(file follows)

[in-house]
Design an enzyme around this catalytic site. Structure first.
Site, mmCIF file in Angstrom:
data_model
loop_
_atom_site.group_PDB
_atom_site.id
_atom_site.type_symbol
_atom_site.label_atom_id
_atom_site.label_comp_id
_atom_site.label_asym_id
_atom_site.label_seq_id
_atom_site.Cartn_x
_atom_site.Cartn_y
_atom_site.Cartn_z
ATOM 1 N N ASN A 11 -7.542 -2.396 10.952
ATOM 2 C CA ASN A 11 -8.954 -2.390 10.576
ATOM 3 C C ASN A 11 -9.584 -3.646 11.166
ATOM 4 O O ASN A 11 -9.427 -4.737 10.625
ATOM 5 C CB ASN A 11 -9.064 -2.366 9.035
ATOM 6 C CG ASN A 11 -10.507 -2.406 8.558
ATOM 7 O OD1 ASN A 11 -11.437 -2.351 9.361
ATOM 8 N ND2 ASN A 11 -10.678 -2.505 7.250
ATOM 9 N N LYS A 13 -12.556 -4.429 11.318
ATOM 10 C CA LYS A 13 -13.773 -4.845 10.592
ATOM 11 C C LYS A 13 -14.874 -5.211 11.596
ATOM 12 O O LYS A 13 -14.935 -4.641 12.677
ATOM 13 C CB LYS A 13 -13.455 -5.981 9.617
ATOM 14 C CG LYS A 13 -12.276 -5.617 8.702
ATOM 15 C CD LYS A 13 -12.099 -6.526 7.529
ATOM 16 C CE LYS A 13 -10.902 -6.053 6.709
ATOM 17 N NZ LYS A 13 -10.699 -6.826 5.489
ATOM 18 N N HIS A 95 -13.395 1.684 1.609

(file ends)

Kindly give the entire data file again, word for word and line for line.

[in-house]
Design an enzyme around this catalytic site. Structure first.
Site, mmCIF file in Angstrom:
data_model
loop_
_atom_site.group_PDB
_atom_site.id
_atom_site.type_symbol
_atom_site.label_atom_id
_atom_site.label_comp_id
_atom_site.label_asym_id
_atom_site.label_seq_id
_atom_site.Cartn_x
_atom_site.Cartn_y
_atom_site.Cartn_z
ATOM 1 N N ASN A 11 -7.542 -2.396 10.952
ATOM 2 C CA ASN A 11 -8.954 -2.390 10.576
ATOM 3 C C ASN A 11 -9.584 -3.646 11.166
ATOM 4 O O ASN A 11 -9.427 -4.737 10.625
ATOM 5 C CB ASN A 11 -9.064 -2.366 9.035
ATOM 6 C CG ASN A 11 -10.507 -2.406 8.558
ATOM 7 O OD1 ASN A 11 -11.437 -2.351 9.361
ATOM 8 N ND2 ASN A 11 -10.678 -2.505 7.250
ATOM 9 N N LYS A 13 -12.556 -4.429 11.318
ATOM 10 C CA LYS A 13 -13.773 -4.845 10.592
ATOM 11 C C LYS A 13 -14.874 -5.211 11.596
ATOM 12 O O LYS A 13 -14.935 -4.641 12.677
ATOM 13 C CB LYS A 13 -13.455 -5.981 9.617
ATOM 14 C CG LYS A 13 -12.276 -5.617 8.702
ATOM 15 C CD LYS A 13 -12.099 -6.526 7.529
ATOM 16 C CE LYS A 13 -10.902 -6.053 6.709
ATOM 17 N NZ LYS A 13 -10.699 -6.826 5.489
ATOM 18 N N HIS A 95 -13.395 1.684 1.609